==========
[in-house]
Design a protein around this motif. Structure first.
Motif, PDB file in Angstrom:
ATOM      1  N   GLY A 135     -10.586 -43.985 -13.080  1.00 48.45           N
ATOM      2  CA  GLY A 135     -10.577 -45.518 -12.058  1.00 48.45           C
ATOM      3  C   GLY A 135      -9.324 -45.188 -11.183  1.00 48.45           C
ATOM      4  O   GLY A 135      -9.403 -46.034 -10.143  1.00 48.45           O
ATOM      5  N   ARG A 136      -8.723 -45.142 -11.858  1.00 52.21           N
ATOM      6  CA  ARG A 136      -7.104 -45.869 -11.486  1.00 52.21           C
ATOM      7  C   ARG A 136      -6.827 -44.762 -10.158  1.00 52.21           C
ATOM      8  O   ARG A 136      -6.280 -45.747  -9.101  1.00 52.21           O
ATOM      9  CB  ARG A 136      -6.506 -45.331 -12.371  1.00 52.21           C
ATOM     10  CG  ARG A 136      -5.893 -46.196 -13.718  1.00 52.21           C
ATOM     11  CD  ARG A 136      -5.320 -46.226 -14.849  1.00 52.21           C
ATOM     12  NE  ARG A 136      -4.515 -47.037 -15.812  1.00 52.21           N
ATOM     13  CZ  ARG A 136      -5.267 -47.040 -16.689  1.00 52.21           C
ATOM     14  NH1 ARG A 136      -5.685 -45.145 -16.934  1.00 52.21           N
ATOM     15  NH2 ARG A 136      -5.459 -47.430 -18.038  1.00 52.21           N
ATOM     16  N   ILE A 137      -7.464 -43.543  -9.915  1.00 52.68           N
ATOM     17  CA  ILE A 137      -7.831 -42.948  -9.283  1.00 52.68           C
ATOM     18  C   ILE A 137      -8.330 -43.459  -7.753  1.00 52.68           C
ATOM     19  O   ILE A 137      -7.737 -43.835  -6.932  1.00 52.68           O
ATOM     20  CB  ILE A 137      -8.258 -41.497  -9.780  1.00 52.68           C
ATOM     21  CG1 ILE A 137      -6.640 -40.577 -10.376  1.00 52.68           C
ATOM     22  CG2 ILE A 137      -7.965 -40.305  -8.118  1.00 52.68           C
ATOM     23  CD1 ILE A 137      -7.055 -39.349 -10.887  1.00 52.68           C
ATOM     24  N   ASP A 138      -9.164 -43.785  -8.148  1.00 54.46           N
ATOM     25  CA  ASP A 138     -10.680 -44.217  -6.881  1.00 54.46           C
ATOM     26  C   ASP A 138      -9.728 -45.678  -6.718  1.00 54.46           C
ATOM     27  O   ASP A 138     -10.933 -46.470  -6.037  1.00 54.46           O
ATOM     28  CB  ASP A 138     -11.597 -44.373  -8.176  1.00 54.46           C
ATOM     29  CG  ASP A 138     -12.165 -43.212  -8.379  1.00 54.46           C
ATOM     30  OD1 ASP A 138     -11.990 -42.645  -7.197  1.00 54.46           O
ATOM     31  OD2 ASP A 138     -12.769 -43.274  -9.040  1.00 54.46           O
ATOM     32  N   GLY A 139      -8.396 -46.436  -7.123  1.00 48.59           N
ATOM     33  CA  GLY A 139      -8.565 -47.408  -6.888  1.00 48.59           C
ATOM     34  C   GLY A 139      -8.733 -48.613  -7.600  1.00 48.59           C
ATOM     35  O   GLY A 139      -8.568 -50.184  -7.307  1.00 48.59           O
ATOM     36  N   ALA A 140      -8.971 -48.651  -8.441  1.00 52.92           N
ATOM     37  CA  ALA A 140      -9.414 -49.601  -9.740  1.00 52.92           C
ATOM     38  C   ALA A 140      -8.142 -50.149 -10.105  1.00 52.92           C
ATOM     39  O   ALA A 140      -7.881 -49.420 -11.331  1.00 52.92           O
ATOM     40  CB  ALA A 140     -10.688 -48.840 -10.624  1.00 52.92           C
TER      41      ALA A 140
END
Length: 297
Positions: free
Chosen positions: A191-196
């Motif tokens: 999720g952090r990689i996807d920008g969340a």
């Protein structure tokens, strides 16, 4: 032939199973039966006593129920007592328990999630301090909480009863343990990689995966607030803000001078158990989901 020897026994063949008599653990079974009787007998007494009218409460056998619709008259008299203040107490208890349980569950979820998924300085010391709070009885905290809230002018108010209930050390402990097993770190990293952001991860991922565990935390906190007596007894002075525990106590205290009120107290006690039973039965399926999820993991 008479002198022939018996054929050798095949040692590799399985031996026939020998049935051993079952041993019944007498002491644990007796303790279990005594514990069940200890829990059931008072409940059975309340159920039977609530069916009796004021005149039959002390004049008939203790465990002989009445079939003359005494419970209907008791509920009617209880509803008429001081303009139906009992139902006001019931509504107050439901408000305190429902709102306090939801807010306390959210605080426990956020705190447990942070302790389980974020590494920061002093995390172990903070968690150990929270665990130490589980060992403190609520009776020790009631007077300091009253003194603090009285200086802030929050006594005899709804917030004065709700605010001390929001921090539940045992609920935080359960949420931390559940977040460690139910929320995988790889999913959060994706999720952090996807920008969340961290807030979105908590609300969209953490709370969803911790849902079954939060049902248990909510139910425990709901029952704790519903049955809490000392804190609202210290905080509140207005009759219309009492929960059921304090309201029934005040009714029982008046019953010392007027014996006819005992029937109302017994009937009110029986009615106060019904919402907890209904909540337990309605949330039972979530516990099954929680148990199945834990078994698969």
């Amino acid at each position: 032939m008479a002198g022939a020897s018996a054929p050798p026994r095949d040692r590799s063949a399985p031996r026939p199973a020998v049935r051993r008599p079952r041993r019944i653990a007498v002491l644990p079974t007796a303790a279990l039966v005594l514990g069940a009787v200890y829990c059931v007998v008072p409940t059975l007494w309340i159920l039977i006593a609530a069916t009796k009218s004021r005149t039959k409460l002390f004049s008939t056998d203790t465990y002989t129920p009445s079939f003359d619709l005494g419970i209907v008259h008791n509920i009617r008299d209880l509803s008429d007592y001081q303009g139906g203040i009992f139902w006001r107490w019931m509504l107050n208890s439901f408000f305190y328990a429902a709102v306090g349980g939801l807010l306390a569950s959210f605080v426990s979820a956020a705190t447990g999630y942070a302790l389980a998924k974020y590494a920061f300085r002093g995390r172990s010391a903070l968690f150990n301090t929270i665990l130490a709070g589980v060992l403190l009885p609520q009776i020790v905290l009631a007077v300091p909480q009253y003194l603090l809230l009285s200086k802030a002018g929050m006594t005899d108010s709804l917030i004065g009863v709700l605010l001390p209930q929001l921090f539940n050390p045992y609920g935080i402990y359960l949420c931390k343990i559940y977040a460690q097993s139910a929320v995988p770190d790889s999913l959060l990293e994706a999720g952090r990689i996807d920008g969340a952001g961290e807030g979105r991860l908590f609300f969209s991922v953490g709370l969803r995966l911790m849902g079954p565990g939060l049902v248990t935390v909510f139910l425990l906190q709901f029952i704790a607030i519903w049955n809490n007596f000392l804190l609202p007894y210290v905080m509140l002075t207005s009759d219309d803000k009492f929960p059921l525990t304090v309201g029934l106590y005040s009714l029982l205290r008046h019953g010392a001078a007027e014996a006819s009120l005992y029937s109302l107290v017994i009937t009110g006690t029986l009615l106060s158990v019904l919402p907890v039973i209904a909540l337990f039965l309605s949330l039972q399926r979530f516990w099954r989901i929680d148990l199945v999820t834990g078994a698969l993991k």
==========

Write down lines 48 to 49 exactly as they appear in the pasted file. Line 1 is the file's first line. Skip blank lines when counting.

Chosen positions: A191-196
């Motif tokens: 999720g952090r990689i996807d920008g969340a």